Khachaturian Cello Concerto and Concert-Rhapsody for cello and orchestra – Yablonsky, Moscow City Symphony Orchestra
Cello Concerto in E minor
Concerto-Rhapsody for cello and orchestra
Dmitry Yablonsky, cello
Moscow City Symphony Orchestra
Conducted by Maxim Fedotov
by Jon Yungkans
Aram Khachaturian’s Cello Concerto has proved the least popular of his three full-length concertos. Written in 1946, it does not have the big tunes of his violin and piano concertos. Worse, the brooding quality of several passages (including the appearance of the Dies Irae in the opening movement) did not endear the work to Soviet authorities, who would soon come crashing down on Khachaturian and several other composers with the Zhdanov decree, accusing them of “formalism” in their musical works. The concerto is nonetheless an attractive and inventive score, pulsing with dance rhythms throughout and, while the central andante is more introspective and melancholy than its brothers in the other two concertos, it shares with them Khachaturian’s trademark exoticism in its closing pages. Dmitry Yablonsky, who has appeared with Naxos several times as a conductor, shows himself a fine cellist and a fully committed soloist, possessing a big tone and a solid technique. With performances such as this one, it is our loss that the concerto is not heard more often. Maxim Fedotov and the Moscow City Symphony Orchestra are equally fine.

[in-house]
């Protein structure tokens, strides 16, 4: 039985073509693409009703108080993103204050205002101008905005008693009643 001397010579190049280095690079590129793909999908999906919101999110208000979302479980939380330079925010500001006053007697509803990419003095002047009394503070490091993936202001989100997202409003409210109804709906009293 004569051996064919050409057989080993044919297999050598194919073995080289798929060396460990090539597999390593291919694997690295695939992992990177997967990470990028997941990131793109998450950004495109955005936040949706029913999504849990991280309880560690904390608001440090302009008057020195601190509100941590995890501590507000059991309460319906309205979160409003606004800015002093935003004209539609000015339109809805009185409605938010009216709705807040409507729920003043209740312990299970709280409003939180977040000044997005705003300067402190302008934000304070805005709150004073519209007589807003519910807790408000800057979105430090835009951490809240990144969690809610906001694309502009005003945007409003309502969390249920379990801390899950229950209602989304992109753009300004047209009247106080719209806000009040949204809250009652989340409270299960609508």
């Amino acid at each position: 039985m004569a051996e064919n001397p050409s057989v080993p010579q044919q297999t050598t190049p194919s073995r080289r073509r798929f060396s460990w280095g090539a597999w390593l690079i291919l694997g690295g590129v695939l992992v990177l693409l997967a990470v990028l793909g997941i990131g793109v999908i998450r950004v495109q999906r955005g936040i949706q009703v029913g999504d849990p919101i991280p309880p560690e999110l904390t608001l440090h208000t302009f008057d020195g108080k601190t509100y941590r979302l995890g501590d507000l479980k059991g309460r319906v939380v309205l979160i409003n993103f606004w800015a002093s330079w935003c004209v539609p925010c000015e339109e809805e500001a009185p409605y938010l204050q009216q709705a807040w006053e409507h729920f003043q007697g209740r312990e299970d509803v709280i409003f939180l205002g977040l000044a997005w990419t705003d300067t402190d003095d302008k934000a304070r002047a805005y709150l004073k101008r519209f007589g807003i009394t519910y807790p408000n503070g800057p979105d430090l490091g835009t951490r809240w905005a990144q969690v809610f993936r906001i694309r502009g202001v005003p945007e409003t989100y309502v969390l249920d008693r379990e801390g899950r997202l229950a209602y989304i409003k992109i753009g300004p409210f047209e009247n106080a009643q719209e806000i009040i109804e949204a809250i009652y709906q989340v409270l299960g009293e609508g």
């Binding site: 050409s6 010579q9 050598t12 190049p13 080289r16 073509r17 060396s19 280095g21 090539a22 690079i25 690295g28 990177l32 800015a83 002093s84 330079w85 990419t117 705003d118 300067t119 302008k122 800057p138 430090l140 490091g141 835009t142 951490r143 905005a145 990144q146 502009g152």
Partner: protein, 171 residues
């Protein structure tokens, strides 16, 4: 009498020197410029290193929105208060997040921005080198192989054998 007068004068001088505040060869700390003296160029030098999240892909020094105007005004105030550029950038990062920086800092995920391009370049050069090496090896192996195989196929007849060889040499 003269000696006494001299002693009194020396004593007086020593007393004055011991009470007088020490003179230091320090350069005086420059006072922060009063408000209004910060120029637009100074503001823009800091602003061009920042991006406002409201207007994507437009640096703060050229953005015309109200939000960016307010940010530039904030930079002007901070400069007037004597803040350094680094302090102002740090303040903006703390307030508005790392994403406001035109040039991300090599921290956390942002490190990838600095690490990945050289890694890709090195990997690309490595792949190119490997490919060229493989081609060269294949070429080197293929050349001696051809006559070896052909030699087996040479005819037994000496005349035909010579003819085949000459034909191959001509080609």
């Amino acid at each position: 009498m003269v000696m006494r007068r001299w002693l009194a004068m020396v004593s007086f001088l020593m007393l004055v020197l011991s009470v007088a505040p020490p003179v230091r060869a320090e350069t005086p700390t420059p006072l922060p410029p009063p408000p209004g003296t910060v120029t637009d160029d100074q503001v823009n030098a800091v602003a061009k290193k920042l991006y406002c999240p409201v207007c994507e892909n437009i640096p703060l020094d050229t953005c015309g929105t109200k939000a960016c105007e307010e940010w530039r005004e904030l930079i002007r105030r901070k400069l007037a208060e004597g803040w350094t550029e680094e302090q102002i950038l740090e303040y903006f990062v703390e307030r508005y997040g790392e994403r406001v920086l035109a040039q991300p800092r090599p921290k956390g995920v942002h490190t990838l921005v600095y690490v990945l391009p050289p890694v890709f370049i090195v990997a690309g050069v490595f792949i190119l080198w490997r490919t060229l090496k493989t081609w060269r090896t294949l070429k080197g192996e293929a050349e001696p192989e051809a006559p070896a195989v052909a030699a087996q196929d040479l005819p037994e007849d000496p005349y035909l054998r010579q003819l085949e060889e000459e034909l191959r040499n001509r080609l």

While the concerto-rhapsody is a more dynamic piece than its brother for violin and orchestra, it shares that piece’s main flaw—namely that it ambles forever without a respectable tune. Since the lack of first-rate melodic material is a trait shared by both pieces on this disc, the difference between them is not as severe as that of the violin concerto and the violin concerto-rhapsody. If you like Khachaturian’s music in general, you may enjoy the cello concerto and also find the cello concerto-rhapsody agreeable. But be forewarned: Although much happens in the concerto-rhapsody, and as pleasant as it is to hear, it does not add up to very much and is forgotten almost as soon as the music stops. That said, there are worse ways to spend the time, especially with as passionately driven a performance as this piece receives under Yablonsky and Fedotov.
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